In the above sample code, i even tried to replace CFrameWnd pointer to CMDIFrameWndEx pointer, but the method call SetDockState() was giving compilation error, since it is made protected in the new MFC class hierarchy. Since i am standing in a dll, i cannot have my CMainFrame class instantiated here, to call a public method or overridden member function, which in turn can invoke the protected member.
1. Which class i can use for replacing CControlBarInfo in the context of DockablePanes?
2. Why those methods like SetDockState(), GetDockingManager() etc. made protected for CMDIFrameWndEx class in new hierarchy?
3. Is there any other mechanism/classes using which i could achieve the above persistence?
I recently switched to VS2010 and its a big pain. I understand it is more standards compliant etc., but it also seems incredibly fragile. The linker crashes often, the thing that compiled fine yesterday won't compile today, despite me not changing anything. If I leave my compilation running while locking the computer VS2010 crashes. All in all the whole product seems flaky.
Anyway to specifics:
How can I get rid of the MSB8012 warning? Why does MS insist on thinking it knows what I want better than I do? Output a DLL to a non-standard location and it starts freaking out. Also doesn't seem to like relative paths much in these settings.
Is there a way to turn off the use of the path macros?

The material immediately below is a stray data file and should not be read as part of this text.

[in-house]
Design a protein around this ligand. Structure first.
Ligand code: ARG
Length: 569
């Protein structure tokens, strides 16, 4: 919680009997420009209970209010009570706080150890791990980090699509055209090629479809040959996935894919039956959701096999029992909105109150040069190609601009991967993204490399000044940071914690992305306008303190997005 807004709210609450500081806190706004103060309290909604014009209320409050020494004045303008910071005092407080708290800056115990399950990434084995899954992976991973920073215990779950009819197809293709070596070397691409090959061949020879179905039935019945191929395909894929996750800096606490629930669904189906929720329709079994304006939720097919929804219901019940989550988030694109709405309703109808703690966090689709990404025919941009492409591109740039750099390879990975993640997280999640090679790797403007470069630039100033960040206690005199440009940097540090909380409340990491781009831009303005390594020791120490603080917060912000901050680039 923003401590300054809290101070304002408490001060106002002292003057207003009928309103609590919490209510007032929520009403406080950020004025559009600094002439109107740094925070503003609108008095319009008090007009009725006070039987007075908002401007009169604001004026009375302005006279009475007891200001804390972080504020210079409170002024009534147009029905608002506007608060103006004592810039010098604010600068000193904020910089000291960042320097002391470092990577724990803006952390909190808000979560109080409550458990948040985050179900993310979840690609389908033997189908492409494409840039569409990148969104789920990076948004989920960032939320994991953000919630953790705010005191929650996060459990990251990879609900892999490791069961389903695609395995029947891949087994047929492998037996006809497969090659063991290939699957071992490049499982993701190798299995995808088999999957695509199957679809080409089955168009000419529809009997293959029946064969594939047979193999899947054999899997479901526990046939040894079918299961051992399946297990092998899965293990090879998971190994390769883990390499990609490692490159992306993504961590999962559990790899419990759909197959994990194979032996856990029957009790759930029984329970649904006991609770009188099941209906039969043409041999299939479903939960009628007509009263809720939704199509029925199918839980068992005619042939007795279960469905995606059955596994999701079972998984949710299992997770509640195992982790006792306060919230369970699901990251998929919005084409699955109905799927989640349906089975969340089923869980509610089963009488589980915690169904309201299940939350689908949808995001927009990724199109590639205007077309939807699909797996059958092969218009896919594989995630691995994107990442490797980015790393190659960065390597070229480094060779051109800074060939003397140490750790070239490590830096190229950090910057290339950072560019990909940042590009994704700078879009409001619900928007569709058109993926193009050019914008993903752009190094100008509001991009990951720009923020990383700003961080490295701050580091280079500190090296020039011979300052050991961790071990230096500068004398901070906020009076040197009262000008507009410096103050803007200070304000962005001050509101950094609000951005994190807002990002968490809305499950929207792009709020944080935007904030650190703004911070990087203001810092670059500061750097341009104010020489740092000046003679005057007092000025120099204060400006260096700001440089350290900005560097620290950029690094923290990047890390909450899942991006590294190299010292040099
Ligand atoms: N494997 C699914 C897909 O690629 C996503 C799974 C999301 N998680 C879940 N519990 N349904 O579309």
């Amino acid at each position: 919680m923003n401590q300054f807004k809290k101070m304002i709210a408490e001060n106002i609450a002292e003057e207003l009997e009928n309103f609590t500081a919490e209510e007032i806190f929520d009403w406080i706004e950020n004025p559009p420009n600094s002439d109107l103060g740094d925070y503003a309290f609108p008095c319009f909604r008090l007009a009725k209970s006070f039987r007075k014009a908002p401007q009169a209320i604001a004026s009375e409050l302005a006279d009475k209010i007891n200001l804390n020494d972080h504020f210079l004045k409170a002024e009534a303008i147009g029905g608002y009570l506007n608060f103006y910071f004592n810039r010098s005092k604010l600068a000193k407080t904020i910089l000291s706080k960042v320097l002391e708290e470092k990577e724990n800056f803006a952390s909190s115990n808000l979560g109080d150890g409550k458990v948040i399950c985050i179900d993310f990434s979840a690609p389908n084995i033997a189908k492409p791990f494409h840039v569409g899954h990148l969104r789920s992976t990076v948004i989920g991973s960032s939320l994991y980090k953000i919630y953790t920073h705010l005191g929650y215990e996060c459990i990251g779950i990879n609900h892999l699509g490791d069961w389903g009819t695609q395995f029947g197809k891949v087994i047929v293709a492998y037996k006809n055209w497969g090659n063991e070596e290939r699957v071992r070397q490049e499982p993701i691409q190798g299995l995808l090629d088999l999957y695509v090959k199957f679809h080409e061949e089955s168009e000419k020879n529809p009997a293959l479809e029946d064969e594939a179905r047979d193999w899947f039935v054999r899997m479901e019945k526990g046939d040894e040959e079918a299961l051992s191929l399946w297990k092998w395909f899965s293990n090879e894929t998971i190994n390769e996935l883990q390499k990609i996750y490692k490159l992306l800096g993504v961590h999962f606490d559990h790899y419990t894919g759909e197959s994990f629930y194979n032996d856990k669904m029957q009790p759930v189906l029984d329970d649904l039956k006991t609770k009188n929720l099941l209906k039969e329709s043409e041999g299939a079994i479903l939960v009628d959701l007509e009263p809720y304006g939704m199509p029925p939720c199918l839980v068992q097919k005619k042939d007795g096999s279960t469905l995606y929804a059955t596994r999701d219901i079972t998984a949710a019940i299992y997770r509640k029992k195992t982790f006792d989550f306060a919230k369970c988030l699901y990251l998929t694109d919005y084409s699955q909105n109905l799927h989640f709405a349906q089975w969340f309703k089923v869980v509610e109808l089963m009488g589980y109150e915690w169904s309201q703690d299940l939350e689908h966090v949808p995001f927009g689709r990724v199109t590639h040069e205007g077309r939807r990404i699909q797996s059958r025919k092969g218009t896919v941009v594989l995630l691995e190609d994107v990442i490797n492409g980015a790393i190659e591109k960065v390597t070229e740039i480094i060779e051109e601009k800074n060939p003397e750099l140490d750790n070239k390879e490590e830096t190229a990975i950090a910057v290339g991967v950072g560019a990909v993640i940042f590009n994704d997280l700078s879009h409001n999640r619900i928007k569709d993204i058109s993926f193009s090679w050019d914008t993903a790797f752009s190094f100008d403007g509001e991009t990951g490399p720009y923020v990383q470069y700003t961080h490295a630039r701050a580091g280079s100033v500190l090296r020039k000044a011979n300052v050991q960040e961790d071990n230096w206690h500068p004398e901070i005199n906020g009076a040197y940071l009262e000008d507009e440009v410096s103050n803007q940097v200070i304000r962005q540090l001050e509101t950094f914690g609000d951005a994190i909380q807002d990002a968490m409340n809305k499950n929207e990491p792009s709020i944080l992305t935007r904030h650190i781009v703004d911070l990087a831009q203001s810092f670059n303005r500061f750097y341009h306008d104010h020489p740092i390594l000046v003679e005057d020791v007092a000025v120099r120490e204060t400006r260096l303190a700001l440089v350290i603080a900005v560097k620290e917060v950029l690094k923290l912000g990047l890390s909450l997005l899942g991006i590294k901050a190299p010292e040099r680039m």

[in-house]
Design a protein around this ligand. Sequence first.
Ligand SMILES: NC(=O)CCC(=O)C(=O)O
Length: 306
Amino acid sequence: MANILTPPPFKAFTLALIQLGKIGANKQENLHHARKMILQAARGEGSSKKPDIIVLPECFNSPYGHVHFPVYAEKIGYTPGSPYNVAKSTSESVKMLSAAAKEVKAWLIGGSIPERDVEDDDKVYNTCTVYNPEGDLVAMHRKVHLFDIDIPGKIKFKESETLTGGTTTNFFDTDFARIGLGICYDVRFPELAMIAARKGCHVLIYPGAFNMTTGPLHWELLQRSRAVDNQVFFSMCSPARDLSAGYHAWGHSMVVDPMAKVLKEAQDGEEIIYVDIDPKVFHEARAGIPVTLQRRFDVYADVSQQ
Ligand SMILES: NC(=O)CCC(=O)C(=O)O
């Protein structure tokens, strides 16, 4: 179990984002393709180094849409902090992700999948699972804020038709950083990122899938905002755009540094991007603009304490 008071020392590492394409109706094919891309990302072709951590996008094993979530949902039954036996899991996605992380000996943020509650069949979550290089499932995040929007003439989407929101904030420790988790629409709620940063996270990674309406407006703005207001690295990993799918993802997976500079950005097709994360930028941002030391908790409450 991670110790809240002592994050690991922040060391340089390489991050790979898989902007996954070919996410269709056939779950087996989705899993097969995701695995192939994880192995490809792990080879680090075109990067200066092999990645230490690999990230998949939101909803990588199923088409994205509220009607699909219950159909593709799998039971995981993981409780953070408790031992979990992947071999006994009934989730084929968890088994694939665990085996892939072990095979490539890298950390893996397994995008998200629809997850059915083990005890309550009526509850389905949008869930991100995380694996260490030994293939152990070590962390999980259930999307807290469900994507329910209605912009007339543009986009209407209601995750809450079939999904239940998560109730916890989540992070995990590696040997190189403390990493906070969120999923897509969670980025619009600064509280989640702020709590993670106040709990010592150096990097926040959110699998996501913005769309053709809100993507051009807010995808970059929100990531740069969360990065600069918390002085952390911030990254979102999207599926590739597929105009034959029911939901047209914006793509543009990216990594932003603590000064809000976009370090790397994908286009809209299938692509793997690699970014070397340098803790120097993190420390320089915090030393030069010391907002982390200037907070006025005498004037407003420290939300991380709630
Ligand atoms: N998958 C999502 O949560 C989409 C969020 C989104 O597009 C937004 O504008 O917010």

These are the type of random errors you sometimes experience pre-service packs...
I hope your experience with VS2010 gets better, I've seen a lot of improvements from the usability stand point and the better standard C++ compliance is certainly a great step forward for MS. Good luck!
I guess your project setting in UNICODE. If so, CString will be using wide char (wchar_t) to manipulate strings. The problem is, you are treating them as multibyte characters (char). I suggest you to use TCHAR type instead of hard coding char & wchar_t, as it can be used well in both unicode and multibyte configurations.
what about setting the project as character set : Not set,
in this case, as your suggestion, do I need to replaced all char to TCHAR in the whole project. Thats a lot . . I was trying to avoid much touch in the project implementation
How about having my own class CMyString : public ATL::CString, can i do something in this way to avoid less touch to the project code ? Please note that the current project uses char not wchar_t. Project setting could be change according to our convenience
1. If character set is 'Not Set', i think char will work.
2. CMyString can be alright. Write it to take char only, and internally convert them to wchar_t if the Character Set is 'Unicode' (using APIs like MultiByteToWideChar) and let the CString base class to do the string operations. This will help you to retain all the char types in existing code, provided you are replacing all usage of CString with CMyString. And the implied issue is that you won't be able to manipulate non-english characters with CMyString.
I followed the same way as you suggested. But found a very interesting problem. Following is the explanation:
I should be able to use + operator like below..
strTemp = "aa" + strTemp;
And for this I need to overload the +operator.(Reason:: I get a error which says::